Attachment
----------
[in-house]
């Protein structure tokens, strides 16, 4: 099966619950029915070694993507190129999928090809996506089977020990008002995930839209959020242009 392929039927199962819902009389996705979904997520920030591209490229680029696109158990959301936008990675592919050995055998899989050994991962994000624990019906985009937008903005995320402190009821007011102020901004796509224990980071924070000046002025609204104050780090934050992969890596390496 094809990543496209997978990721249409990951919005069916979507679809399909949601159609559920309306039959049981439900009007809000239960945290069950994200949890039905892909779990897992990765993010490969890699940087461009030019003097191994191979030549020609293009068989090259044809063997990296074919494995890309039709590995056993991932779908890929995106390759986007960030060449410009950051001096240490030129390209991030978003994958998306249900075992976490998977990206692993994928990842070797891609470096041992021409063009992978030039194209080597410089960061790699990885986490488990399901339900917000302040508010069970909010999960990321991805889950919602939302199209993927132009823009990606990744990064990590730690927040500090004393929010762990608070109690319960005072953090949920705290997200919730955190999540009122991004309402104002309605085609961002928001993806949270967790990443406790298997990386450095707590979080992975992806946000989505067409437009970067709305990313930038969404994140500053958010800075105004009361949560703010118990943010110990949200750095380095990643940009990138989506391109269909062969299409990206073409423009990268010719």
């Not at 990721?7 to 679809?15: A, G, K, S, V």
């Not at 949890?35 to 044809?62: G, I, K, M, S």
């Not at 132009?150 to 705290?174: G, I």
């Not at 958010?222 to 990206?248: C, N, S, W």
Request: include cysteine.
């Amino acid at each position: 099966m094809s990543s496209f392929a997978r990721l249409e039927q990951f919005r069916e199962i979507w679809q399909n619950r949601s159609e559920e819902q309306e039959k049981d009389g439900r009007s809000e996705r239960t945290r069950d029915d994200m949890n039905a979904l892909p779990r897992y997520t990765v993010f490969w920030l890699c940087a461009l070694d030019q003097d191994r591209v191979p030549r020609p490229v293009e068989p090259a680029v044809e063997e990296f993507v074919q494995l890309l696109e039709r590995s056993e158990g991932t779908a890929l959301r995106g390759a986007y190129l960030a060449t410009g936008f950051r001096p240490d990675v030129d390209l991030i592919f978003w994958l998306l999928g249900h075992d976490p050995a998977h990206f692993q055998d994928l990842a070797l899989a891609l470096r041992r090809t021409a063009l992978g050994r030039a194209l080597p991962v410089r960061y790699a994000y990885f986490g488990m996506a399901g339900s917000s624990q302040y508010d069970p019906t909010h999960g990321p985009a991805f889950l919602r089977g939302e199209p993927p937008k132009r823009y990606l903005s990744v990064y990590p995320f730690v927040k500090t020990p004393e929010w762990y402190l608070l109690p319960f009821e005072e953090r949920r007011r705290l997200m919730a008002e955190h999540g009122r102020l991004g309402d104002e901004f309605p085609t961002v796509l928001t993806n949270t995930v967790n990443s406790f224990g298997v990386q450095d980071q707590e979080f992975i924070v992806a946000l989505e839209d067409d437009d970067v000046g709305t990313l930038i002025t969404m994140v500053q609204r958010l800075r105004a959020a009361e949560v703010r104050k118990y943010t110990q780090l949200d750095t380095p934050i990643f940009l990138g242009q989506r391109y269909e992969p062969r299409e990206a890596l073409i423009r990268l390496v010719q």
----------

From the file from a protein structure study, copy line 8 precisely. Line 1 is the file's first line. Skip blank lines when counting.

């Amino acid at each position: 099966m094809s990543s496209f392929a997978r990721l249409e039927q990951f919005r069916e199962i979507w679809q399909n619950r949601s159609e559920e819902q309306e039959k049981d009389g439900r009007s809000e996705r239960t945290r069950d029915d994200m949890n039905a979904l892909p779990r897992y997520t990765v993010f490969w920030l890699c940087a461009l070694d030019q003097d191994r591209v191979p030549r020609p490229v293009e068989p090259a680029v044809e063997e990296f993507v074919q494995l890309l696109e039709r590995s056993e158990g991932t779908a890929l959301r995106g390759a986007y190129l960030a060449t410009g936008f950051r001096p240490d990675v030129d390209l991030i592919f978003w994958l998306l999928g249900h075992d976490p050995a998977h990206f692993q055998d994928l990842a070797l899989a891609l470096r041992r090809t021409a063009l992978g050994r030039a194209l080597p991962v410089r960061y790699a994000y990885f986490g488990m996506a399901g339900s917000s624990q302040y508010d069970p019906t909010h999960g990321p985009a991805f889950l919602r089977g939302e199209p993927p937008k132009r823009y990606l903005s990744v990064y990590p995320f730690v927040k500090t020990p004393e929010w762990y402190l608070l109690p319960f009821e005072e953090r949920r007011r705290l997200m919730a008002e955190h999540g009122r102020l991004g309402d104002e901004f309605p085609t961002v796509l928001t993806n949270t995930v967790n990443s406790f224990g298997v990386q450095d980071q707590e979080f992975i924070v992806a946000l989505e839209d067409d437009d970067v000046g709305t990313l930038i002025t969404m994140v500053q609204r958010l800075r105004a959020a009361e949560v703010r104050k118990y943010t110990q780090l949200d750095t380095p934050i990643f940009l990138g242009q989506r391109y269909e992969p062969r299409e990206a890596l073409i423009r990268l390496v010719q």